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Mom of DS, age 17, dx Crohn's and Celiac Oct 2008
- Remicade, started Nov 2013, added Solumedrol June 2015
- added Methotrexate/Folate March 2016
- Multivitamins, Probiotics, Vit D
- Small bowel resection, Jan 2013
08-01-2017, 09:43 PM   #6
Maya142
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There is one parent here whose kiddo has done well with the SCD diet - I'll tag her: Optimistic.

Most kiddos need more than just enteral nutrition (EN). It works well to induce remission, but the moment food is added back, most kids flare. Exclusive Enteral Nutrition (100% formula) is most effective, though many hospital allow 80% formula /20% food since that is easier.

Our hospital says that trying diet is ok, as long as there is a pre-set stopping point. For example, if your daughter tries diet for 6 weeks and does not improved - based on labs, Fecal Calprotectin and scopes - then they would move on to medications.

MOST kids will need at least an immunomodulator like Methotrexate or 6MP or a biologic. Many kids are given both. Pediatric Crohn's tends to be aggressive and needs to be treated as such. You don't want your daughters to have to deal with damage and complications like strictures, fistulas, abscesses or anything like that.

Treating aggressively lowers the odds of complications. With continued inflammation, scar tissue will build up, and once that happens, there is not much that can be done except surgery.

I say this not to scare you, just to explain WHY pediatric Crohn's is treated aggressively.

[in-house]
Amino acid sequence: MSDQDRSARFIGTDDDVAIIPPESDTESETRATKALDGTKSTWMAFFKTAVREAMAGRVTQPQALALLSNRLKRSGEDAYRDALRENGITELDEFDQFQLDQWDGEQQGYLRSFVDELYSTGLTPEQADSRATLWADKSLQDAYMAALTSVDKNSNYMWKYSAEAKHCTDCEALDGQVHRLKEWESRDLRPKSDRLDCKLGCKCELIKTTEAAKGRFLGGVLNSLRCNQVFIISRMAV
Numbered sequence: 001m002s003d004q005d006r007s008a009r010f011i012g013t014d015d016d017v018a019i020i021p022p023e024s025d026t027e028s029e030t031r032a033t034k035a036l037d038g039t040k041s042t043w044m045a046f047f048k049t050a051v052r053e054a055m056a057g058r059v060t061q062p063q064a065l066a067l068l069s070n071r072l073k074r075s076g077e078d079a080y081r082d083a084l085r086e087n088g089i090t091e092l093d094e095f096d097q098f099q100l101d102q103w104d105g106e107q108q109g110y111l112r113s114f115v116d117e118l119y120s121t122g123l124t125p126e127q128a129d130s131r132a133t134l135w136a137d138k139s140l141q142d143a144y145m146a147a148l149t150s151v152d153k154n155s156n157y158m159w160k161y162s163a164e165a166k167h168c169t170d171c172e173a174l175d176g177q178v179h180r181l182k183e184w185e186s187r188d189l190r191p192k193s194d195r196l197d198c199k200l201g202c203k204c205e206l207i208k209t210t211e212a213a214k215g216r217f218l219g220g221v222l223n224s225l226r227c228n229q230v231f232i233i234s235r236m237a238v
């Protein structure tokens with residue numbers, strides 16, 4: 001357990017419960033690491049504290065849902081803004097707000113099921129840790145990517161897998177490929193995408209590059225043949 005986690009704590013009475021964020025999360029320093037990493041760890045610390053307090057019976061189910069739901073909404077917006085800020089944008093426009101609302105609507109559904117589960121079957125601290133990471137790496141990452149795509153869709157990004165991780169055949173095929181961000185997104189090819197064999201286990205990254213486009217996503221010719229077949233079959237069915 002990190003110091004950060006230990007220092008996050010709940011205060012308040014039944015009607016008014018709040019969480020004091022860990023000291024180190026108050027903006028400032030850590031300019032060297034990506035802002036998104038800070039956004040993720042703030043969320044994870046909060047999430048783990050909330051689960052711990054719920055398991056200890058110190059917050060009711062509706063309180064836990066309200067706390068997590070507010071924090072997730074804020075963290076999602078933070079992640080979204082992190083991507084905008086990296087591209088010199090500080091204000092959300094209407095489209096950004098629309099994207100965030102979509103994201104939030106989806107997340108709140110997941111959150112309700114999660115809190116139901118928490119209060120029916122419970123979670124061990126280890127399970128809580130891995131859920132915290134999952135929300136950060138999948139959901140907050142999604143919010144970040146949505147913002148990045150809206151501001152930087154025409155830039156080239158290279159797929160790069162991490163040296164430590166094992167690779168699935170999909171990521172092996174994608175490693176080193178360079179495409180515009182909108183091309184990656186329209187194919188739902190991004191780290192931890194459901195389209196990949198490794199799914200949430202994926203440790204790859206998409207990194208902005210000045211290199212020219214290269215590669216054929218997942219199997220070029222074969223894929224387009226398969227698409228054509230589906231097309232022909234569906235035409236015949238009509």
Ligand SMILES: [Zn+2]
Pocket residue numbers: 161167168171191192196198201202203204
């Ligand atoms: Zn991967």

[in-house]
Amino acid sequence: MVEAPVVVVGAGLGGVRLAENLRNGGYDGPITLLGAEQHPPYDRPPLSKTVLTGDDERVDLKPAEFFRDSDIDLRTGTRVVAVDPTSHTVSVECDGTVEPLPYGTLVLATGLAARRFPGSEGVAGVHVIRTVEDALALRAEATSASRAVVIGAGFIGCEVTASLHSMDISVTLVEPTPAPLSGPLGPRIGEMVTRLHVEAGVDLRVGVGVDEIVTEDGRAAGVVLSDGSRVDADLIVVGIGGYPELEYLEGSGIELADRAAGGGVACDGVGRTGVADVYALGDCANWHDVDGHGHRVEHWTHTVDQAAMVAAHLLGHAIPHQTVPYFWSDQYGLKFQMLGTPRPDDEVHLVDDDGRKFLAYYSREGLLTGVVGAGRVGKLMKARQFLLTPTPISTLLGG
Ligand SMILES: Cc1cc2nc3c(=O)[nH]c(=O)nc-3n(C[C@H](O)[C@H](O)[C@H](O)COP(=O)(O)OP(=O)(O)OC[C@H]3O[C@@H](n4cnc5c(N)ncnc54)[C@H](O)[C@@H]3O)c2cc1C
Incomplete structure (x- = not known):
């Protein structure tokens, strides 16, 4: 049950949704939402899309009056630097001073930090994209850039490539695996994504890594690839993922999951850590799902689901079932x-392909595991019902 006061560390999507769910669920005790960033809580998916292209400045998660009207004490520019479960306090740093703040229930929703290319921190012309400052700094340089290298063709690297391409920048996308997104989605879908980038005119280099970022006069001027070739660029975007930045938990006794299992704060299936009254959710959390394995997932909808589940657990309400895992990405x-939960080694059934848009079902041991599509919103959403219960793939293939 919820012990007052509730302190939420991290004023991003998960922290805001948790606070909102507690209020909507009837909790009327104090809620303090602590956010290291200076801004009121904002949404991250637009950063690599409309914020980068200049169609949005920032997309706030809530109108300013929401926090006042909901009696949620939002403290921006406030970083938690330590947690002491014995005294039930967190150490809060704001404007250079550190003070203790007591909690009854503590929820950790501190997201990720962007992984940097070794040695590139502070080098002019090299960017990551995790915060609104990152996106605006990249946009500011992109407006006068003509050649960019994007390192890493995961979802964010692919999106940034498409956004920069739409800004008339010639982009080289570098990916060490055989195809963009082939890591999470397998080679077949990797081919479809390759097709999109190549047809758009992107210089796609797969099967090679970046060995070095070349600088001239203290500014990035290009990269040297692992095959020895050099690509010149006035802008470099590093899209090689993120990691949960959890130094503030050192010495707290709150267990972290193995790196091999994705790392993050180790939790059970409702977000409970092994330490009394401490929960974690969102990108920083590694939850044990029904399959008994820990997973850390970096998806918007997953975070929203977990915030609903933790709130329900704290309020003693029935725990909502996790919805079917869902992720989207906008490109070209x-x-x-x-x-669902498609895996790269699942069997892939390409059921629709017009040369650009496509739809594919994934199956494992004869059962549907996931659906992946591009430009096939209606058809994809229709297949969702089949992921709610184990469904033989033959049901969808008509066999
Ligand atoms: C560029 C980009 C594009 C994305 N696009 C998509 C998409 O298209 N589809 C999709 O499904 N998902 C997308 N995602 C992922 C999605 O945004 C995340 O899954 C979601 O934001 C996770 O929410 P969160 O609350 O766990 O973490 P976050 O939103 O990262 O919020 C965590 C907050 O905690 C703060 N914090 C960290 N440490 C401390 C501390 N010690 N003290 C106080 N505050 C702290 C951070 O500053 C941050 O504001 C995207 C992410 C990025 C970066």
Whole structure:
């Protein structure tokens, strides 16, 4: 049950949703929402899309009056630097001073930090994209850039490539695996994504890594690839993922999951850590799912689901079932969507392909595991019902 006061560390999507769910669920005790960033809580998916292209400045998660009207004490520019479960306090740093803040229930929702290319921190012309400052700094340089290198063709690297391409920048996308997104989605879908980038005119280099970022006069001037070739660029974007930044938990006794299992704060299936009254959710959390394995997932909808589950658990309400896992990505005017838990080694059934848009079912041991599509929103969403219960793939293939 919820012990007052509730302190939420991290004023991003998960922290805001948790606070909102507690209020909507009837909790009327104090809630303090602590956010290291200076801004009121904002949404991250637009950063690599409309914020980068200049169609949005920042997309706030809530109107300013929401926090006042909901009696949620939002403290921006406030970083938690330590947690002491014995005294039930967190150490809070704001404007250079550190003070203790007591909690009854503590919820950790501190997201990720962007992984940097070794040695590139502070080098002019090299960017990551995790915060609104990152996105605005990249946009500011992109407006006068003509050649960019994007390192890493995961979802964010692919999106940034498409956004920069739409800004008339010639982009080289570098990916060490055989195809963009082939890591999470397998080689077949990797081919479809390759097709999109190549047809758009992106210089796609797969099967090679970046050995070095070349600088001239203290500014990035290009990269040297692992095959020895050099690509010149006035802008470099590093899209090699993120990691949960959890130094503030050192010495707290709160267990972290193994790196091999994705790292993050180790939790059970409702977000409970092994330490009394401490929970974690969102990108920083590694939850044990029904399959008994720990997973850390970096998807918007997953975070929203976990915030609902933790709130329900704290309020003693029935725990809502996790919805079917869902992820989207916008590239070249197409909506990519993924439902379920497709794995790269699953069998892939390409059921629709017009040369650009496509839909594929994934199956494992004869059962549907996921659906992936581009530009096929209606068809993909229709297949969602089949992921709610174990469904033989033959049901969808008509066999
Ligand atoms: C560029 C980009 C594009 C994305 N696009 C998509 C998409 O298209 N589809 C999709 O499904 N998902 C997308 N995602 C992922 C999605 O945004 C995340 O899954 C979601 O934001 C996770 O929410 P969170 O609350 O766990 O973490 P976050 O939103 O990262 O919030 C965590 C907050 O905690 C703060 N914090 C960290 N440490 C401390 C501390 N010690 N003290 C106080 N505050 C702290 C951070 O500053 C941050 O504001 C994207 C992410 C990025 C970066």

For us, the meds were scary, but honestly, the disease was much scarier.
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diagnosed with Crohn's Disease at 16
Juvenile Idiopathic Arthritis at 12
Juvenile Ankylosing Spondylitis at 16

Mom of S (23)
dx with JIA at 14
Ankylosing Spondylitis at 18
08-02-2017, 12:19 AM   #7
bethhall3434
 
Join Date: Jul 2017
Location: Forsyth, Montana
We currently see a specialist in Denver at the Children's Hospital. Their specialist is very good, and we like her a lot. Just looking for more info on people who have tried different things. We've been working with Emma for since December 2015, Abby was just diagnosed a month ago, so I still have a lot to learn.

Maya142- you're right the disease is scary and i definitely don't want anything to get worse.


08-02-2017, 04:41 AM   #8
my little penguin
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Boston children's /Cincinnati children's and children's of Philadelphia will do second opinions
By record reviews -where you don't have to take the child
Just send the records
08-07-2017, 01:03 PM   #9
Optimistic
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I'm starting to look into the possibility of dealing strictly with ET and diet to help my daughters go into remission for Crohns. I have read a few threads about a vegetarian and/or vegan diet that really did help. Have any of you tried it and how were your experiences?
Hi there. Sorry, my notification settings are wonky!